FCC certifies the RuralConnect solution from Carlson Wireless Technologies that operates on unused "white-space" spectrum between TV channels when used in conjunction with a TV-white-space database from Spectrum Bridge.
Carlson Wireless Technologies will be able to offer its fixed-wireless RuralConnect radio system that operates on unlicensed in the marketplace after receiving certification when the solution is used in conjunction with the Spectrum Bridge TV white-space database.
With the certification, RuralConnect is authorized to transmit over “TV white spaces”—unused spectrum between licensed television broadcasters—in the UHF band between 470 MHz and 698 MHz, which the FCC earmarked for unlicensed use in 2010, according to a Carlson Wireless Technologies press release distributed this week.
“It’s been a long, hard battle,” Carlson Wireless Technologies founder and CEO Jim Carlson said during an interview with’s Urgent Communications. “We had predicted that it would come in 2011 or 2012 … but we were glad to finish it up in December.”
Other companies have received white-space certification from the FCC, but RuralConnect is “the first affordable product meant for community broadband services,” Carlson said. RuralConnect is designed to provide 12 MB/s for $800 per unit—and no cost for spectrum, because the TV white-space frequencies are unlicensed.
“It’s a step up from satellite [broadband service], for certain,” Carlson said.
As is the case with many broadband technologies, Carlson Wireless Technologies next year hopes to develop a solution that enables greater throughput speeds at a lower cost per unit, Carlson said.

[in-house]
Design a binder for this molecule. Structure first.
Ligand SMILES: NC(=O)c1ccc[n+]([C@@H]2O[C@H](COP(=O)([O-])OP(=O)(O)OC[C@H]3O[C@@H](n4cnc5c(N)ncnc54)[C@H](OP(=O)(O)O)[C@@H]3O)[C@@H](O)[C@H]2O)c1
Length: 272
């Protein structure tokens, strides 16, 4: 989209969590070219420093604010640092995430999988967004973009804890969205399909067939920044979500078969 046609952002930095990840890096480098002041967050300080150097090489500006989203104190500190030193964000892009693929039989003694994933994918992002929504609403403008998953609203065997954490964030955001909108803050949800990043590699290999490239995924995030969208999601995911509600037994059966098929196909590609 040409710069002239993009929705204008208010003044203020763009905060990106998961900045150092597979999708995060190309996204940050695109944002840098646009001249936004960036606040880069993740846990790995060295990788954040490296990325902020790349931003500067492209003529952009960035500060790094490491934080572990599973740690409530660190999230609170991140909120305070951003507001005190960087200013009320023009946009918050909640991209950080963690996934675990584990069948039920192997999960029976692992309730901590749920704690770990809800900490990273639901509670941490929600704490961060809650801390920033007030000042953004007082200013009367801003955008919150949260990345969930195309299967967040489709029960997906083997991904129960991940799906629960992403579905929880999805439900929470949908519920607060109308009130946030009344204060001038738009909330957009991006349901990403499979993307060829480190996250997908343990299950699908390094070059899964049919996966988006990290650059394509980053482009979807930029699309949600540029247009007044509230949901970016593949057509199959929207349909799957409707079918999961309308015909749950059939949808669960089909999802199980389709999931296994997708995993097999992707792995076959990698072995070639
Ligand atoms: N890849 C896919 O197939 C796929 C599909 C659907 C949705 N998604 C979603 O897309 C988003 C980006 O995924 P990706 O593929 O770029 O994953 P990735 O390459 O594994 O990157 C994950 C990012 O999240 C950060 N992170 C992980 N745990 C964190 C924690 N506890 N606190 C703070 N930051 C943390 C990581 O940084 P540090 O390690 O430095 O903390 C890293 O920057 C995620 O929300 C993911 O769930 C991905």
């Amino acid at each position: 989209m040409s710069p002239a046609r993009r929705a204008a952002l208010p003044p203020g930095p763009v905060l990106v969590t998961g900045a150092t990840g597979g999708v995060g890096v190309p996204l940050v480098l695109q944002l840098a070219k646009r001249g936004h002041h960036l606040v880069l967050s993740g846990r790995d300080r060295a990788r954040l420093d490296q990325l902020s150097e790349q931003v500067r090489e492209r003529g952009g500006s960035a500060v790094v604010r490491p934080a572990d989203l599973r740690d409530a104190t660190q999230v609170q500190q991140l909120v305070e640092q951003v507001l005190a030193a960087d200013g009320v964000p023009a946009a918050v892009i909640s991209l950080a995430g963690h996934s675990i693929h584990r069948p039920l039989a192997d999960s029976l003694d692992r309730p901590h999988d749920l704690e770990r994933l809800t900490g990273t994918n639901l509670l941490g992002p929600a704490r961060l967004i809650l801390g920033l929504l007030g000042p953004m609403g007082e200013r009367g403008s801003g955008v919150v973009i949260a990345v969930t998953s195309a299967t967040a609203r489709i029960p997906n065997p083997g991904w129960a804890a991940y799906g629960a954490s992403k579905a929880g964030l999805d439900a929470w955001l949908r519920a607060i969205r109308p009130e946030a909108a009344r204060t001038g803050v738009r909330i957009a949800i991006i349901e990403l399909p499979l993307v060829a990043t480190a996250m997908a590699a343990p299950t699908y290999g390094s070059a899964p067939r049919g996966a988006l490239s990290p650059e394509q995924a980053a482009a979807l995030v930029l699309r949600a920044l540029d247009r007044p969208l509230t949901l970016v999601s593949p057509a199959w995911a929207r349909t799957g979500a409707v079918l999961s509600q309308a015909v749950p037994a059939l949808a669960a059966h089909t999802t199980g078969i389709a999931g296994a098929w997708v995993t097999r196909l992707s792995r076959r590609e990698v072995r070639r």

And RuralConnect can deliver strong signal-to-noise ratios, because there are typically fewer television stations in rural areas, which results in more TV white-space channels being available for unlicensed broadband transmissions, Carlson said. Trying to duplicate this performance in an urban environment would be difficult, because those areas typically are served by more TV stations, which limits the amount of available white-space spectrum, he said.
By using cognitive-radio technology, software-defined architecture and dynamic spectrum sharing in combination with a white-space database like the one from Spectrum Bridge, RuralConnect is able to identify and leverage unused spectrum to deliver a long-distance, non-line-of-sight (NLOS), fixed wireless broadband system.
“Many parts of the country and world lack high-speed broadband access due to the limitations of traditional wireless network technology,” Spectrum Bridge CEO Rod Dir said in a prepared statement. “Carlson has been one of the staunchest advocates for rural broadband deployment, and we are proud to partner with them as they pave the way in delivering solutions to this underserved market.”
RuralConnect has been deployed in more than 58 trials during the last three years in the U.S. and internationally, including a 2013 trial with schools in Cape Town, South Africa, that was conducted with Google and other partners. California wireless Internet service provider Cal.net conducted on of the largest white-spaces trial last year.
“Carlson’s RuralConnect is our radio of choice for challenging rural deployments,” Cal.net CTO Ken Garnett said in a prepared statement. “By successfully penetrating dense forests and skirting terrain obstructions where no other wireless technology is adequate, RuralConnect allows us to dramatically increase the success rate of our installations.”